The noted critic Irving Howe wrote that the author Aharon Appelfeld (born 1932) “is one of the best novelists alive.” Here is a summary of two of his tales.
To the Land of Cattails
By Aharon Appelfeld
The title of this fascinating 1987 novel is ironic. A mother and her son, she in her early thirties and he about 16 or 17, are returning to the home of her Orthodox Jewish parents after an absence of close to two decades in a carriage led by two horses. The year is 1938. They were unknowingly entering Hitler’s Germany.
She left home when she married a non-Jew, despite her parent’s warnings. He turned into a drunk and wife-beater. She assures her son that they are going to a pleasant area where flowers bloom. Their trip takes months. They encounter many experiences of anti-Semitic hatred, including the murder of a Jewish Inn Keeper. Readers may feel the urge to warn her “Don’t go!” But she is sure her longing for happiness and fulfillment is in front of her.
She is beautiful, but uneducated, knows little of Judaism, and is very fearful, although she has no idea why. While wanting to reunite with her Jewish parents, she utters defamatory remarks to her son from time to time, such as “Jews are short” and “Jews dislike pleasure,” while her disparaging remarks are equaled in number with her praise for her parents and Judaism, for she wants her son, who was raised as a non-Jew, to be Jewish. It seems clear that she has absorbed her husband’s hatred, although she left him long ago. After separating from her husband she had many affairs because of her beauty, including one with an elderly man who left her money when he died. While she looks Jewish, her son does not. As a result, peasants make insulting remarks to her during the trip, but not to her son.
She is addicted to cigarettes and coffee, but frequently warns her son not to drink like his father, who he saw only as a child, once in his life, and he promises that he will not do so. But when the two reach an Inn that is just two hours from her parent’s home, he overly indulges in beer and is intoxicated for days.
She decides to proceed alone. Readers will find what follows disturbing, but they will enjoy the book because, as the noted critic Irving Howe wrote, Appelfeld, the author, “is one of the best novelists alive.”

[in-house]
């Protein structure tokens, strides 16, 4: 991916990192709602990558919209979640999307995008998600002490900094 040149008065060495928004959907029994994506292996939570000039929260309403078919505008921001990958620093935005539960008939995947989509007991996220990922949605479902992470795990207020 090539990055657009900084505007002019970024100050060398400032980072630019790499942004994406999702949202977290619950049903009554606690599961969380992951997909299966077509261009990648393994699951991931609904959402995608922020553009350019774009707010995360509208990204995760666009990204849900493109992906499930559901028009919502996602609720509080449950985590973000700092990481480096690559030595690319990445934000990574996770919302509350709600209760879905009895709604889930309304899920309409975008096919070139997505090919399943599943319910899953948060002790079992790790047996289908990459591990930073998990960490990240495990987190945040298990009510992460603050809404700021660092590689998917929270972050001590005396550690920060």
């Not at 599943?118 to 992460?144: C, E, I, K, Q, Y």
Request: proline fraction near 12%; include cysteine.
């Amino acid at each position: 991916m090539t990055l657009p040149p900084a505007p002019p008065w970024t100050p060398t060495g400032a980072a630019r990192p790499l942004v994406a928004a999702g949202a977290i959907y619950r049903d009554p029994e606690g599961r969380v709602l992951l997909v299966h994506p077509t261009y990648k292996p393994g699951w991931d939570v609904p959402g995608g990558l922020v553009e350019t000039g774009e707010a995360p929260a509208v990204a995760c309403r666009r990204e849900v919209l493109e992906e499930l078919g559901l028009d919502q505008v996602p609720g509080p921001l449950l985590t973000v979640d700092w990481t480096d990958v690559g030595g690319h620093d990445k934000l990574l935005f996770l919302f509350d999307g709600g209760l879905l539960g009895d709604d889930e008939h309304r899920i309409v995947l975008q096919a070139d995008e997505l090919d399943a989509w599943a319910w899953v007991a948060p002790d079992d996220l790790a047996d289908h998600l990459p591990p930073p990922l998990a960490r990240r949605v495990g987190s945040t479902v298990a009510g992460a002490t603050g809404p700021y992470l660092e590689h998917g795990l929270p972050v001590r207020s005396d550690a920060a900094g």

The Iron Tracks
By Aharon Appelfeld
Aharon Appelfeld’s 1998 novel The Iron Tracks is an unusual tale. Some people today live on cruise ships rather than owning or renting a home and paying the expenses of the home, as well as for food and entertainment. These people recognize that it is cheaper to live on a cruise ship, such as Queen Mary II, among some 2000 transient passengers and have gourmet foods prepared for them and enjoy the many ship activities, films, and other entertainments that are included in the cost.
But Erwin is different; he lives on trains. He travels from place to place in Austria after World War II, in yearly cycles. He doesn’t carry sandwiches and bottled water onto the trains because he enjoys sitting in the club cars, eating and drinking there, and listening to the classical music in the club car. If classical music is not playing, he hands the porter a tip to switch to the music he likes. He visits Inns at the various stops, bathes, and stays for a day or two.
He meets interesting people on the train, including women with whom he has one night stands. Virtually every chapter in this book describes the unusual people he meets: Jews, half Jews, quarter Jews, people unsatisfied with life, people searching for something just like him, and anti-Semites who are not only on the train but also in the Inns. A prostitute, for example, tells him she will sleep with any man no matter how disfigured, but never with a Jew. An Inn owner welcomed Erwin each year with open arms and body. She showered him with the best comforts and foods until she discovered he was Jewish, and then was unable to even look at him.
Erwin is not educated. His grandparents were knowledgeable observant Jews. Their daughter, his mother, married unobservant Jew, a communist. Erwin’s mother wanted him to have an education but his father was against it. He felt that the schools would teach non-communist principles. Erwin’s father was a good leader of his communist group. The non-Jews in the group despised him but keep him as their leader only because of his skills. His father was seldom at home. He traveled by train from place to place teaching communism. Erwin sometimes joined him in these travels as a youngster before he entered his teens. When the Nazis come to power, the communist group tossed him out. Both his mother and father were killed by the Nazi Colonel Nachtigel.
Erwin is traveling looking for Nachtigel, seeking revenge. When he visits the various cities he also looks for Jewish memorabilia – books, menorahs, kiddush cups – not to save them but to sell them, and this is how he supports himself. Then, one day, Erwin hears that Nachtigel is renovating a house in a certain city with the intension of living there. He takes a gun and heads for the city.
Readers will enjoy this tale, the stories of the various people Erwin meets, and what happens when he encounters the aged Nachtigel.